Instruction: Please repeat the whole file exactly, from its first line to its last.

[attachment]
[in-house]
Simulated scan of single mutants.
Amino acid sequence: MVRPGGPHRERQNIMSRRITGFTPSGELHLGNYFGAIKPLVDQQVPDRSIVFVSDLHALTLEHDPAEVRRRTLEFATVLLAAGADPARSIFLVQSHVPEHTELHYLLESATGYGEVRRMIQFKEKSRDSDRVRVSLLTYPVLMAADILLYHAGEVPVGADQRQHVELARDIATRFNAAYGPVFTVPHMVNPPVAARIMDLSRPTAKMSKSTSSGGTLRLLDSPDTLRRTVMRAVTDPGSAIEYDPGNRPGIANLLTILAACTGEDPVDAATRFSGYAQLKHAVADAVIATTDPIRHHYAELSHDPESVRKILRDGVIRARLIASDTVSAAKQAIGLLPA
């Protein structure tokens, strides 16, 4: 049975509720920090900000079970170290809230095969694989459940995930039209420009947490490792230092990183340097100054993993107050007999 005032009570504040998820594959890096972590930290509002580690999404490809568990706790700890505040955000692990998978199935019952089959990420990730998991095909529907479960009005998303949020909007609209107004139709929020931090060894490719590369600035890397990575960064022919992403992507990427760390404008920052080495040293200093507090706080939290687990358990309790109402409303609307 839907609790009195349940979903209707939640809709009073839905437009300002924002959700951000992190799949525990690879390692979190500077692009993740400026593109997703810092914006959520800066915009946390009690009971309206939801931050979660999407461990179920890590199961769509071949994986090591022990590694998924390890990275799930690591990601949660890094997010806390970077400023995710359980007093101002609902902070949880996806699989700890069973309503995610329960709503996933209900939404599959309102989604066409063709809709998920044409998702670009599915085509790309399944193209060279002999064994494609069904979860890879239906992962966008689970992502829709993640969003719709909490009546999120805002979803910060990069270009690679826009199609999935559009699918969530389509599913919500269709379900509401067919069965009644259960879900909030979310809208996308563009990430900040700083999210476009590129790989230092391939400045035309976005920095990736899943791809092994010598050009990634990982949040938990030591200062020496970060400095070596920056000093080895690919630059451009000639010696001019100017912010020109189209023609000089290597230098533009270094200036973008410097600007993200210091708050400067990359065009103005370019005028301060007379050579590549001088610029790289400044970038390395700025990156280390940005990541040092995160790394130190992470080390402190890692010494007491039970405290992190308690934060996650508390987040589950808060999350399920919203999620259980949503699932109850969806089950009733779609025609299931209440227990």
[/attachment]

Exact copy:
[in-house]
Simulated scan of single mutants.
Amino acid sequence: MVRPGGPHRERQNIMSRRITGFTPSGELHLGNYFGAIKPLVDQQVPDRSIVFVSDLHALTLEHDPAEVRRRTLEFATVLLAAGADPARSIFLVQSHVPEHTELHYLLESATGYGEVRRMIQFKEKSRDSDRVRVSLLTYPVLMAADILLYHAGEVPVGADQRQHVELARDIATRFNAAYGPVFTVPHMVNPPVAARIMDLSRPTAKMSKSTSSGGTLRLLDSPDTLRRTVMRAVTDPGSAIEYDPGNRPGIANLLTILAACTGEDPVDAATRFSGYAQLKHAVADAVIATTDPIRHHYAELSHDPESVRKILRDGVIRARLIASDTVSAAKQAIGLLPA
């Protein structure tokens, strides 16, 4: 049975509720920090900000079970170290809230095969694989459940995930039209420009947490490792230092990183340097100054993993107050007999 005032009570504040998820594959890096972590930290509002580690999404490809568990706790700890505040955000692990998978199935019952089959990420990730998991095909529907479960009005998303949020909007609209107004139709929020931090060894490719590369600035890397990575960064022919992403992507990427760390404008920052080495040293200093507090706080939290687990358990309790109402409303609307 839907609790009195349940979903209707939640809709009073839905437009300002924002959700951000992190799949525990690879390692979190500077692009993740400026593109997703810092914006959520800066915009946390009690009971309206939801931050979660999407461990179920890590199961769509071949994986090591022990590694998924390890990275799930690591990601949660890094997010806390970077400023995710359980007093101002609902902070949880996806699989700890069973309503995610329960709503996933209900939404599959309102989604066409063709809709998920044409998702670009599915085509790309399944193209060279002999064994494609069904979860890879239906992962966008689970992502829709993640969003719709909490009546999120805002979803910060990069270009690679826009199609999935559009699918969530389509599913919500269709379900509401067919069965009644259960879900909030979310809208996308563009990430900040700083999210476009590129790989230092391939400045035309976005920095990736899943791809092994010598050009990634990982949040938990030591200062020496970060400095070596920056000093080895690919630059451009000639010696001019100017912010020109189209023609000089290597230098533009270094200036973008410097600007993200210091708050400067990359065009103005370019005028301060007379050579590549001088610029790289400044970038390395700025990156280390940005990541040092995160790394130190992470080390402190890692010494007491039970405290992190308690934060996650508390987040589950808060999350399920919203999620259980949503699932109850969806089950009733779609025609299931209440227990």